HARTFORD (AP) - Connecticut prosecutors plan to appeal the dismissal of Kennedy cousin Michael Skakel’s murder conviction in a 1975 bludgeoning death to the U.S. Supreme Court.
State prosecutor James Killen notified the Connecticut Supreme Court of the planned appeal Tuesday. He said the court was wrong earlier this month when it reversed its own 2016 decision and vacated Skakel’s murder conviction on the ground that Skakel’s trial lawyer failed to call an alibi witness to the stand.
Skakel is a nephew of Robert F. Kennedy’s widow, Ethel Kennedy. A jury convicted him in 2002 of killing Martha Moxley in a wealthy Greenwich enclave when they were teenagers, and he was sentenced to 20 years to life in prison.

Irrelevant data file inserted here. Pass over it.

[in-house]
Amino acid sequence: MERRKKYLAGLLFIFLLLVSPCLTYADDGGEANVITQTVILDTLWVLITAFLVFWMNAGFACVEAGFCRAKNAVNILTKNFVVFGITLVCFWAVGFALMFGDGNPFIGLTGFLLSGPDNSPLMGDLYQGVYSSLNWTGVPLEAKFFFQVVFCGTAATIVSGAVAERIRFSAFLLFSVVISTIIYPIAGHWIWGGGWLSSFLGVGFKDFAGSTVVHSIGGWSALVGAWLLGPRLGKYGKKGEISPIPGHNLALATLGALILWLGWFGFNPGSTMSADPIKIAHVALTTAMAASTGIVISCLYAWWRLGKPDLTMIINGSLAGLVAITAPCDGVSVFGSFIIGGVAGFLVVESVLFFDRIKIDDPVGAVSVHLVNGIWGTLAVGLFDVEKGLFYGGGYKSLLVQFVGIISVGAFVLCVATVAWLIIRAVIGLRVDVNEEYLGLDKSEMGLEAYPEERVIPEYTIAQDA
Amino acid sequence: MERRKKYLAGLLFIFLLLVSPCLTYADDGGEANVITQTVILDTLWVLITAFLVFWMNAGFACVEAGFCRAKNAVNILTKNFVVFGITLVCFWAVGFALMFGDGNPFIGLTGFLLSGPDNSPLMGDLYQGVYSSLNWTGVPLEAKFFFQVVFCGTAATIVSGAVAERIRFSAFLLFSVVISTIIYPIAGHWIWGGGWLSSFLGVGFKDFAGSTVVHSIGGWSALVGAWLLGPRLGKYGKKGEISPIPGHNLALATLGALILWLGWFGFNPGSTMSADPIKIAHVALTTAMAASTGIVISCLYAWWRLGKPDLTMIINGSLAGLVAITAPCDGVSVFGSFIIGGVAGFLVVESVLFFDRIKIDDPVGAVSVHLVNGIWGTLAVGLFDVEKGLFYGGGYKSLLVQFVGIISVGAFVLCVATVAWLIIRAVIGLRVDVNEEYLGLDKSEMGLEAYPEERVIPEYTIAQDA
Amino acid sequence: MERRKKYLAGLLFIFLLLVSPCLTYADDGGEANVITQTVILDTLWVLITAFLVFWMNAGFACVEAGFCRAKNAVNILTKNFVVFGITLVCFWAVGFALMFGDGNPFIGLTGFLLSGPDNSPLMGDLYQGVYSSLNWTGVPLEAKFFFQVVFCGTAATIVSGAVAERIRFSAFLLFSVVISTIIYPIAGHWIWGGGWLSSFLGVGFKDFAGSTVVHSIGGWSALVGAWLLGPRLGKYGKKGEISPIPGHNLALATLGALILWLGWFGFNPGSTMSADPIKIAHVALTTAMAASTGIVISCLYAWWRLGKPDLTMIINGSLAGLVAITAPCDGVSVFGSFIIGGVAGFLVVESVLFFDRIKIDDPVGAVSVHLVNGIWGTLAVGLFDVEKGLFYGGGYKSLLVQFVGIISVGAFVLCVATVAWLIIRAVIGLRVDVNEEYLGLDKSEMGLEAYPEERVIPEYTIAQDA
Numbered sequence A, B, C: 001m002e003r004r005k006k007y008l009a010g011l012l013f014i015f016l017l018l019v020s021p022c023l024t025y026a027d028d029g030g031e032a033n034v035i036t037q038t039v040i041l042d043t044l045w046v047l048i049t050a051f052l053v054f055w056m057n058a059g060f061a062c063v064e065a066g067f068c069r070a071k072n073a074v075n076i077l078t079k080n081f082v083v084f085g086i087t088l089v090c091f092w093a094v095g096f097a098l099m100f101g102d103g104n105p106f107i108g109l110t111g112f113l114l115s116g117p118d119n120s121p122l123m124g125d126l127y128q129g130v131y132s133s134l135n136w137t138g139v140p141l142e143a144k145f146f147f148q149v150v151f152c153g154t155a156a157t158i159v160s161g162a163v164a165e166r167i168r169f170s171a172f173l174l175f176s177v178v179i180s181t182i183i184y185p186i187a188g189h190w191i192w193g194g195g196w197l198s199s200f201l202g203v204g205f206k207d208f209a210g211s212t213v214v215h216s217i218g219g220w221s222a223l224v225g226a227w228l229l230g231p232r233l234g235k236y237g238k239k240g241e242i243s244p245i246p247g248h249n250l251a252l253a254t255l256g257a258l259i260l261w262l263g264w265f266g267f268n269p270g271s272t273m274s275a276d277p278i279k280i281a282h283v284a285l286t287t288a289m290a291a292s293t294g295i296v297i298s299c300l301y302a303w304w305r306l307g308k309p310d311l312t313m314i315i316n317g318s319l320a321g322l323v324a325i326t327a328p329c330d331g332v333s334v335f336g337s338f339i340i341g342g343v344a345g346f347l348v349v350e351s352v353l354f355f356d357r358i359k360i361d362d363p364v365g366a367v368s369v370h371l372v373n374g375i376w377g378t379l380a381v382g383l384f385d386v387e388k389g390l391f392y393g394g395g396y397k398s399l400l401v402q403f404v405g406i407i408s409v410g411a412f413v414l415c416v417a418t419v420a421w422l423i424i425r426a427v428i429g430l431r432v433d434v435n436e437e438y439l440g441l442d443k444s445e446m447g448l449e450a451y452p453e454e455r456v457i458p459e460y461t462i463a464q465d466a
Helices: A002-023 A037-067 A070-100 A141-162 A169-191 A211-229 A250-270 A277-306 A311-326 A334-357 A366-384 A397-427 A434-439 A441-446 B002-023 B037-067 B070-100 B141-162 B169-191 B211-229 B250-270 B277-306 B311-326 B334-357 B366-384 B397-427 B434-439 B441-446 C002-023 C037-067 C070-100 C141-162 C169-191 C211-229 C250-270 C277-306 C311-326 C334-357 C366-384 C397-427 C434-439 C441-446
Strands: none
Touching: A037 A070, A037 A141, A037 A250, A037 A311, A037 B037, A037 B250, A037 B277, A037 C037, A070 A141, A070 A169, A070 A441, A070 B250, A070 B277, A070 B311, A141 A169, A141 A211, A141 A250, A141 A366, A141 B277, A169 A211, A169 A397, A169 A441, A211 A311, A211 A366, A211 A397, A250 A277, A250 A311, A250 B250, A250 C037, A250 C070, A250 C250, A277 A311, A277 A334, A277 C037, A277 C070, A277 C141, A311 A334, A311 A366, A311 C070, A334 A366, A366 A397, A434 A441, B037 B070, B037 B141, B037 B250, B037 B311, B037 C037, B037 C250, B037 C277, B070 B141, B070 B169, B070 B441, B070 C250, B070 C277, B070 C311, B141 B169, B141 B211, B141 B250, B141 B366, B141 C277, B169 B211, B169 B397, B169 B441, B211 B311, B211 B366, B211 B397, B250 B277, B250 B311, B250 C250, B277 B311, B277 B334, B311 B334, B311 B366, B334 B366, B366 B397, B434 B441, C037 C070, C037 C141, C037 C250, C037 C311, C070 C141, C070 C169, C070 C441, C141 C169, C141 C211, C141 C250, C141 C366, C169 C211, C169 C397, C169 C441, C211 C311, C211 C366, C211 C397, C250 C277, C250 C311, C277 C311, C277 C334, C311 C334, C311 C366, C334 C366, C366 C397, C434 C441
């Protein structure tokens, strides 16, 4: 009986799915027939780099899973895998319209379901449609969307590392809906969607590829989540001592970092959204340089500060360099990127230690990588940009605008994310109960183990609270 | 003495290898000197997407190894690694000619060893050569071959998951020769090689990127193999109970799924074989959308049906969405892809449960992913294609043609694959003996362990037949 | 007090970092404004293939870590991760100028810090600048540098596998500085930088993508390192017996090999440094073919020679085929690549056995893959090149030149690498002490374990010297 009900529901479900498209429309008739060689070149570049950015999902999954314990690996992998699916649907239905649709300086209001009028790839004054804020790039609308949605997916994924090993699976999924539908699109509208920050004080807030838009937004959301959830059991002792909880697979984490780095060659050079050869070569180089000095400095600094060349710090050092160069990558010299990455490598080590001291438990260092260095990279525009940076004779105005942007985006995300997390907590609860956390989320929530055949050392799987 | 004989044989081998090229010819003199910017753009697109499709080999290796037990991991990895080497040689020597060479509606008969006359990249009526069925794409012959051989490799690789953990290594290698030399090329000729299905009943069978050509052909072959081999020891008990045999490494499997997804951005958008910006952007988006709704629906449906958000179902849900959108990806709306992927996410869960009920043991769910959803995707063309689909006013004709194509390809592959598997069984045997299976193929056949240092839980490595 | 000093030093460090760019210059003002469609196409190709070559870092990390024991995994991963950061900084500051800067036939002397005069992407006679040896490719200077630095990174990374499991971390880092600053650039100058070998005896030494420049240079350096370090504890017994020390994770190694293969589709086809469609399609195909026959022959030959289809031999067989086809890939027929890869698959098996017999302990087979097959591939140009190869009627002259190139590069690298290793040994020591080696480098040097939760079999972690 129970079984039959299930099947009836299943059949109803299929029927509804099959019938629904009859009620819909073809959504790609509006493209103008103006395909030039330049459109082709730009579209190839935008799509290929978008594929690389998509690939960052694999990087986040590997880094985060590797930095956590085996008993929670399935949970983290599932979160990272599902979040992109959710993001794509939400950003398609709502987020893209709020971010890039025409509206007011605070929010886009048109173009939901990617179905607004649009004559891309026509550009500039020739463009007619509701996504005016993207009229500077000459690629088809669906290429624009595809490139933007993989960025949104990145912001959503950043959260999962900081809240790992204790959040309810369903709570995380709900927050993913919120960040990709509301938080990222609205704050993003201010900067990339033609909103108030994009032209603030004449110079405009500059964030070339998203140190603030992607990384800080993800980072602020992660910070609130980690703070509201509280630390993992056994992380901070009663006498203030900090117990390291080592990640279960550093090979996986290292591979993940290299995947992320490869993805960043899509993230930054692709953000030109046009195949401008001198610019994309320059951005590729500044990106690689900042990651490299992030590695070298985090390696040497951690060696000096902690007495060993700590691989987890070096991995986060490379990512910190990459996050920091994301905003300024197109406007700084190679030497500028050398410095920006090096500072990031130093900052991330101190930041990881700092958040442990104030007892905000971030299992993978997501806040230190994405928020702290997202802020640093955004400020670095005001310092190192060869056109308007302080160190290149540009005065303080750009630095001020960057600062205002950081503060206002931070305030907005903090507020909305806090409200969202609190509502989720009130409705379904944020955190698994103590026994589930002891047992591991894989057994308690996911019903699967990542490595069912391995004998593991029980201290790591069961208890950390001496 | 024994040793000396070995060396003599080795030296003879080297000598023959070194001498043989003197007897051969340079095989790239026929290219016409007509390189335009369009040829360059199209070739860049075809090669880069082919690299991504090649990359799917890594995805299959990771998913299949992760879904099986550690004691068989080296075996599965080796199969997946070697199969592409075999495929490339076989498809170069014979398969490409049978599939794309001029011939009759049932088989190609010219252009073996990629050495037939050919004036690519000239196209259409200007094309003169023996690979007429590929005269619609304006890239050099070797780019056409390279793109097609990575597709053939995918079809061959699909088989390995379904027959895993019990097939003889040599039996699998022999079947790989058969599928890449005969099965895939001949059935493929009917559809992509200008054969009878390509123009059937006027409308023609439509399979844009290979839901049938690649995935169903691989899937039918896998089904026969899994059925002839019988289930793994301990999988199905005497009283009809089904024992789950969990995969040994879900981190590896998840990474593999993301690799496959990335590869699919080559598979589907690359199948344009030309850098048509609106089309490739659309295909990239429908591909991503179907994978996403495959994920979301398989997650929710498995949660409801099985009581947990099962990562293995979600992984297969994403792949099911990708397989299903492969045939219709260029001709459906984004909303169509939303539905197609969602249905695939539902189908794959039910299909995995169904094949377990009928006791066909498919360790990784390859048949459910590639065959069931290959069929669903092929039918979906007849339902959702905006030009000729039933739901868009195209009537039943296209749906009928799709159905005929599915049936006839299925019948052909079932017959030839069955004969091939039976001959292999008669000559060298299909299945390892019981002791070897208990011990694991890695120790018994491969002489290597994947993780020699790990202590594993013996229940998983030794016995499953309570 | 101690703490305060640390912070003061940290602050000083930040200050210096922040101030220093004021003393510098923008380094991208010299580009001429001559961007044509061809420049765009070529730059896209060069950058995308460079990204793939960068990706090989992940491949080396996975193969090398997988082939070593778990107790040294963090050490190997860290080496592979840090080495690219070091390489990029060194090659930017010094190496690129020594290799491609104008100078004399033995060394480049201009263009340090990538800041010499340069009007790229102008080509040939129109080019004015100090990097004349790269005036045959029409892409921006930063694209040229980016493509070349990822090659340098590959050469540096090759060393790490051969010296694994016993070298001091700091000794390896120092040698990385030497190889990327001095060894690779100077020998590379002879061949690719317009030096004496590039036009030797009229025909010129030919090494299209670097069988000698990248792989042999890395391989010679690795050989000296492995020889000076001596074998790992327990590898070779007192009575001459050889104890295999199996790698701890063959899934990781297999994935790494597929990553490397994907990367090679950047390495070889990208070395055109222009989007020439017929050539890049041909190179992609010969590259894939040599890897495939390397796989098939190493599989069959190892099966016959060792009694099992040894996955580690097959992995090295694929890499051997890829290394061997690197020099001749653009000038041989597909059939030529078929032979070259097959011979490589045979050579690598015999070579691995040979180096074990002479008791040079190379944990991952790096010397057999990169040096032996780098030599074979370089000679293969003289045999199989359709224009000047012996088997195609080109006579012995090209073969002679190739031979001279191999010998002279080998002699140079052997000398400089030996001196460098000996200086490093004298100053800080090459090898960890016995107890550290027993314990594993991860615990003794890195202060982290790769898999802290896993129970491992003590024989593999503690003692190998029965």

He served 11 years behind bars before being freed on $1.2 million bail in 2013 when a lower court judge overturned his conviction, citing mistakes by trial lawyer Michael Sherman, who has defended his work.
Prosecutors appealed the lower court ruling to the state Supreme Court, which reinstated Skakel’s conviction in December 2016 in a sharply divided 4-3 ruling in which the majority said Sherman’s representation was adequate under the U.S. Constitution.
Skakel’s new lawyers asked the high court to reconsider, resulting in this month’s reversal, which some lawyers and law professors called unusual.